By Clive Peterson
The Lat Long co-ordinates for Scarborough the main port in Tobago is 11 degrees 12 Minutes North and 60 degrees 44 minutes West. There are two main ports of entry into Tobago, Scarborough to the south side of the Island and Charlotteville north east of the Island.
Tobago is a very pretty Island twenty seven miles long and seven miles wide with lots of bays to anchor in to discover all parts of the Island.
Approaching Tobago can be done from all points of the compass but the popular approaches are from the north Grenada, from the east an Atlantic crossing from Cape Verdi, from the south, Brazil, Venezuela, or its sister Island Trinidad, and from the west it is more difficult for sailing yachts due to the prevailing easterly trade winds.
There are no marinas in Tobago as yet but there are plans that may materialise in the future. The main anchorages are to the Caribbean side, North Coast of the Island and three to the south side, I will list the Caribbean side first as it being more popular.
Milford Bay (known locally as Store Bay)
11 degrees 9.5 minutes North - 60 degrees 5.5 minutes West.
A very popular anchorage which can accommodate up to probably 60 yachts, there are mooring buoys but, unfortunately they cannot be trusted so it is advisable to go to anchor instead. The only marine facilities on the island are Store Bay Marine Services, located in store bay where you can get, repairs, fuel and water, an internet cafe with wifi plus laundry services. Bars and restaurants with takeout food are in this area. Buying provisions are a short walk or small cab ride away. Places to visit are Pigeon Point very popular tourist beach facility with fantastic views over the turquoise sea to the Buccoo Reef, a glass bottom boat trip to the reef and the nylon pool is recommended and great for snorkelling.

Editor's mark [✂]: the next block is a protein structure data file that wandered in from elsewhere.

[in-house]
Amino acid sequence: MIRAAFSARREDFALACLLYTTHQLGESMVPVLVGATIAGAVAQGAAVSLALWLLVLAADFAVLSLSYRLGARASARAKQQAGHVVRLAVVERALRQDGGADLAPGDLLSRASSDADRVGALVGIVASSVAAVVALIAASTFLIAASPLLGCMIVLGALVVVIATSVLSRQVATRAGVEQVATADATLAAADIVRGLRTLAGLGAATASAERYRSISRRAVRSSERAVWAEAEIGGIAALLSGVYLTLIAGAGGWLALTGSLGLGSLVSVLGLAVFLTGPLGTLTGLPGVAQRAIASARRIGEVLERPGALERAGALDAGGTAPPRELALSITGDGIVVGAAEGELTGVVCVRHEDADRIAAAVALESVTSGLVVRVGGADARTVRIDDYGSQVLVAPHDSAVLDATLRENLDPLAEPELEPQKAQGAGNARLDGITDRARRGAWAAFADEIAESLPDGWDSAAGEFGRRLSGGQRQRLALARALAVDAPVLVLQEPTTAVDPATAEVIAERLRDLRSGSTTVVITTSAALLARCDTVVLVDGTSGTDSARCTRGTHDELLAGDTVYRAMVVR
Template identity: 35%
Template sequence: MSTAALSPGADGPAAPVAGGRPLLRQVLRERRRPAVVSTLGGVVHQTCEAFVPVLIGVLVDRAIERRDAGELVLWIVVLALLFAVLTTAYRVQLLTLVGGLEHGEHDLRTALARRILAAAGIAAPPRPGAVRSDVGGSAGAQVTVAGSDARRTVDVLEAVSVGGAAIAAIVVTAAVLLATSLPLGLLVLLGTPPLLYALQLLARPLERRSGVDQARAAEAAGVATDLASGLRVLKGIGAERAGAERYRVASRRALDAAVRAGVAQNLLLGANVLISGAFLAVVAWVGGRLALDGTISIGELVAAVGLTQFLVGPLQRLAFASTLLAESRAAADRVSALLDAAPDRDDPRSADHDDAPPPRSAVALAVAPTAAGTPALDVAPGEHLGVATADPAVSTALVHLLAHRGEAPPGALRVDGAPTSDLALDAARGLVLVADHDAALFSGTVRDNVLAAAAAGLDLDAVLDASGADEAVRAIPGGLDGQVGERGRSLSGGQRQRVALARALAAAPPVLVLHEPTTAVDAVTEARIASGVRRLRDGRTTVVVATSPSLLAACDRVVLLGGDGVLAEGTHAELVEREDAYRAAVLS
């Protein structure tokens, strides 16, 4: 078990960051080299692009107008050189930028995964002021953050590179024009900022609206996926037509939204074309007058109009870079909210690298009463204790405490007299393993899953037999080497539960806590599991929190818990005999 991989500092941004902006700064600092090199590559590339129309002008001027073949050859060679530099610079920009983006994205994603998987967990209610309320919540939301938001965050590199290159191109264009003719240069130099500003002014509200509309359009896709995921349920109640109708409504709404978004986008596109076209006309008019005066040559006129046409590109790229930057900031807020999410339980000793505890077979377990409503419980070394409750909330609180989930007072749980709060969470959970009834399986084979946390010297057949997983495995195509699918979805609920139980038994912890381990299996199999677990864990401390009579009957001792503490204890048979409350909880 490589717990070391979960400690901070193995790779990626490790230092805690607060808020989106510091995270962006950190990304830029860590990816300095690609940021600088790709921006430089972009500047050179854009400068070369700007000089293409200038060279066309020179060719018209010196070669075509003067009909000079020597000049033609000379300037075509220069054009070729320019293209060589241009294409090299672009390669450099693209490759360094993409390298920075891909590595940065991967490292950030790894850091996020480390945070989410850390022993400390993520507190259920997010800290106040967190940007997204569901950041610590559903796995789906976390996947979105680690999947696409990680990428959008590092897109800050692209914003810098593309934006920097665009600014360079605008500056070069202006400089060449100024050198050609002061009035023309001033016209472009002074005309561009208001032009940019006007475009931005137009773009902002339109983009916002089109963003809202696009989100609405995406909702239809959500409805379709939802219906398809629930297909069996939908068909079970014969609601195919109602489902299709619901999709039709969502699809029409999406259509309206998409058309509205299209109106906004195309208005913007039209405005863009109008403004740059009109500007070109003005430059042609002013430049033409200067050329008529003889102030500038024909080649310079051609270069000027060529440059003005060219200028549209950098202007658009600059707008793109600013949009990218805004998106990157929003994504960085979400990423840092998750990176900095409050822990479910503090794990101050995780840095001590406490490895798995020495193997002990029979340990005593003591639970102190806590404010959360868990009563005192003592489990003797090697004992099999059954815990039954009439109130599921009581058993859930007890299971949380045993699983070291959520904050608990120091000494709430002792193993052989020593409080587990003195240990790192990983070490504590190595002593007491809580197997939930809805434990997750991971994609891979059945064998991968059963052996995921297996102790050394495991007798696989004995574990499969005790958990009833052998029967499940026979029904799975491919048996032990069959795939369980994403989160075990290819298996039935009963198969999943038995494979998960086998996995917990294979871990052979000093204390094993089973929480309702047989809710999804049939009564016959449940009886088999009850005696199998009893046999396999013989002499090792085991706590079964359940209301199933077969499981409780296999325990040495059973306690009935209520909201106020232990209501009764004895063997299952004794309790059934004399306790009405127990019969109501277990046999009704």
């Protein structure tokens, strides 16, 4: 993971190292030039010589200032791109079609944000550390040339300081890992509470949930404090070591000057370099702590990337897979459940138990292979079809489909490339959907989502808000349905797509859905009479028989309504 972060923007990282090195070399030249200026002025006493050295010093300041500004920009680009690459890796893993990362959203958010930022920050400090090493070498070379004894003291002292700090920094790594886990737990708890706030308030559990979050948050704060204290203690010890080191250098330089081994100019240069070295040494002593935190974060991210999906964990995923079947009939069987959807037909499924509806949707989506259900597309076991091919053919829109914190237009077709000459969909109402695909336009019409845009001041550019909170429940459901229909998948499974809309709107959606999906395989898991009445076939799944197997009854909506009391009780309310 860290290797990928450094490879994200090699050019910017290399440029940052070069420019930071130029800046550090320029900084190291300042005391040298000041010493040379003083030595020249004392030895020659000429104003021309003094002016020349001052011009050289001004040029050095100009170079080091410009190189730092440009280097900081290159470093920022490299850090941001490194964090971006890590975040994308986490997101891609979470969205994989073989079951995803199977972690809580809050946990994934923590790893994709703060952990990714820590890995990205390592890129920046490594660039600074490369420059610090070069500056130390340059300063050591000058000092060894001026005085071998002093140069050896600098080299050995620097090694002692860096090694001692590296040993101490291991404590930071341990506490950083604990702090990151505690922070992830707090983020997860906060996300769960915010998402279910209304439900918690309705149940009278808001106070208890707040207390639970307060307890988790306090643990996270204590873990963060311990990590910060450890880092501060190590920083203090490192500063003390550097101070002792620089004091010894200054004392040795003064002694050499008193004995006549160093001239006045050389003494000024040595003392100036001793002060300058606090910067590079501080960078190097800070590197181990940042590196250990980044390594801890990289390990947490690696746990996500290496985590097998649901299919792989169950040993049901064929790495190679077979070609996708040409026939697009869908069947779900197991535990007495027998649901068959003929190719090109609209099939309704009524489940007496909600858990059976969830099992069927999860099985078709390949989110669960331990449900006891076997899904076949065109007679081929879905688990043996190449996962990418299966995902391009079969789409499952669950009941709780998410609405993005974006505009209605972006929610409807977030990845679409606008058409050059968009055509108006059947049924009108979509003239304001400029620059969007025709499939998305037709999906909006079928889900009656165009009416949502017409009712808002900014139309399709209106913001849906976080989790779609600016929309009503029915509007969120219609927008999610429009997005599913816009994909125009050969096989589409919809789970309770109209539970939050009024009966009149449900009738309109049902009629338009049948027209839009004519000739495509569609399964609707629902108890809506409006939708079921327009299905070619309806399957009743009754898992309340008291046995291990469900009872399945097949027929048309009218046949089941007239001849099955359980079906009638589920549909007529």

Located to the east of the reef is a small shallow anchorage normally used by local fisherman, it has a small jetty for off loading there catch.
Mt Irvine Bay.
Located to the north of Buccoo Bay also known as Little Courland Bay is a good anchorage in around 6 metres of water, there are good beach facilities, a hotel and main road access.
Stone Haven Bay.
A not too popular anchorage with 6 metres of water, you need to tuck in to the north point which helps in a northerly swell. There are two hotels and a beach bar facility and probably the best restaurant on the Island, The Sea Horse Inn.
Great Courland Bay
Located to the north of Mt Irvine Bay, Plymouth town is to the north of the bay and has a jetty, shops and small bars and restaurants nearby. Anchor just round Courland Point but watch out for the shallows running south of the point.
Running north of Plymouth are a series of small bays for day anchoring, snorkelling and swimming, Arnos Vale Bay, Anse Fromager, Culloden Bay, Washerwomen’s Bay, King Peter Bay, Gordan Bay, and Celery Bay,
Now halfway up the Island and having a back drop of the mountains of the rain forest this is a very pretty bay with lots of facilities, shops, bars, restaurants, hotels and apartments should you want a land break! In this anchorage you need to get tucked into the north point and close in as it is a deep anchorage.
11 degrees 17.5 minutes North – 60 degrees 40.5 minutes West
This is one of my favourite anchorages for its views and rain forest access. It is a very deep anchorage with around 14 metres of water the east shore being a little shallower for anchoring. On shore there is a beach restaurant and bar palm trees, bamboo, river inlet and good exciting bathing and snorkelling!